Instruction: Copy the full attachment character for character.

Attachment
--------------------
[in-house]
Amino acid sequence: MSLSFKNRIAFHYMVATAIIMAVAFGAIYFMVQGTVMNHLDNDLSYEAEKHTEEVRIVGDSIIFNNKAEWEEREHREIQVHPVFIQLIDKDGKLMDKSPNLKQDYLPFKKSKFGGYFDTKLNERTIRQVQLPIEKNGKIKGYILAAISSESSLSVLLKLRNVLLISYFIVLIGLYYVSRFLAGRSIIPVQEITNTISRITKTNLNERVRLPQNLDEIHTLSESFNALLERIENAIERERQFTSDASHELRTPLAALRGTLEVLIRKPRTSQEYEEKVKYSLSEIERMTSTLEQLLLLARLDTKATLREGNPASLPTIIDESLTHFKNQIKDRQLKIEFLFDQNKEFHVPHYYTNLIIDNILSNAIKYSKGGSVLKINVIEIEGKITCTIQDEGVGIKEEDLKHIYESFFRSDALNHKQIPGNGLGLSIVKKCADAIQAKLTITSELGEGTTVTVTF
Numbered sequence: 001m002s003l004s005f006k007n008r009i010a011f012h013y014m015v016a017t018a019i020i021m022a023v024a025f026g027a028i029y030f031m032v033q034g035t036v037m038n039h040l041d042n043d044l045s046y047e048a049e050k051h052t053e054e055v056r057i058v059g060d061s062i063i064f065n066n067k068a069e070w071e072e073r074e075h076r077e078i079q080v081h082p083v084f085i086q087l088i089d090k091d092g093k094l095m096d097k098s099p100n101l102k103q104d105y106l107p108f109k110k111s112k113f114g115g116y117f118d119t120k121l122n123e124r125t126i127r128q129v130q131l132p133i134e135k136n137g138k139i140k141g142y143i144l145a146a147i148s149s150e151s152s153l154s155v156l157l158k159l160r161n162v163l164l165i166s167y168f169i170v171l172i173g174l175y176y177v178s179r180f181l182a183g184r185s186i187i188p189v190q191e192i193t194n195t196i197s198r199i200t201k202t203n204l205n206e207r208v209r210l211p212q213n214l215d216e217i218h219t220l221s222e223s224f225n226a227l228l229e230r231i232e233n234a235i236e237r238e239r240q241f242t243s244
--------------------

[in-house]
Amino acid sequence: MSLSFKNRIAFHYMVATAIIMAVAFGAIYFMVQGTVMNHLDNDLSYEAEKHTEEVRIVGDSIIFNNKAEWEEREHREIQVHPVFIQLIDKDGKLMDKSPNLKQDYLPFKKSKFGGYFDTKLNERTIRQVQLPIEKNGKIKGYILAAISSESSLSVLLKLRNVLLISYFIVLIGLYYVSRFLAGRSIIPVQEITNTISRITKTNLNERVRLPQNLDEIHTLSESFNALLERIENAIERERQFTSDASHELRTPLAALRGTLEVLIRKPRTSQEYEEKVKYSLSEIERMTSTLEQLLLLARLDTKATLREGNPASLPTIIDESLTHFKNQIKDRQLKIEFLFDQNKEFHVPHYYTNLIIDNILSNAIKYSKGGSVLKINVIEIEGKITCTIQDEGVGIKEEDLKHIYESFFRSDALNHKQIPGNGLGLSIVKKCADAIQAKLTITSELGEGTTVTVTF
Numbered sequence: 001m002s003l004s005f006k007n008r009i010a011f012h013y014m015v016a017t018a019i020i021m022a023v024a025f026g027a028i029y030f031m032v033q034g035t036v037m038n039h040l041d042n043d044l045s046y047e048a049e050k051h052t053e054e055v056r057i058v059g060d061s062i063i064f065n066n067k068a069e070w071e072e073r074e075h076r077e078i079q080v081h082p083v084f085i086q087l088i089d090k091d092g093k094l095m096d097k098s099p100n101l102k103q104d105y106l107p108f109k110k111s112k113f114g115g116y117f118d119t120k121l122n123e124r125t126i127r128q129v130q131l132p133i134e135k136n137g138k139i140k141g142y143i144l145a146a147i148s149s150e151s152s153l154s155v156l157l158k159l160r161n162v163l164l165i166s167y168f169i170v171l172i173g174l175y176y177v178s179r180f181l182a183g184r185s186i187i188p189v190q191e192i193t194n195t196i197s198r199i200t201k202t203n204l205n206e207r208v209r210l211p212q213n214l215d216e217i218h219t220l221s222e223s224f225n226a227l228l229e230r231i232e233n234a235i236e237r238e239r240q241f242t243s244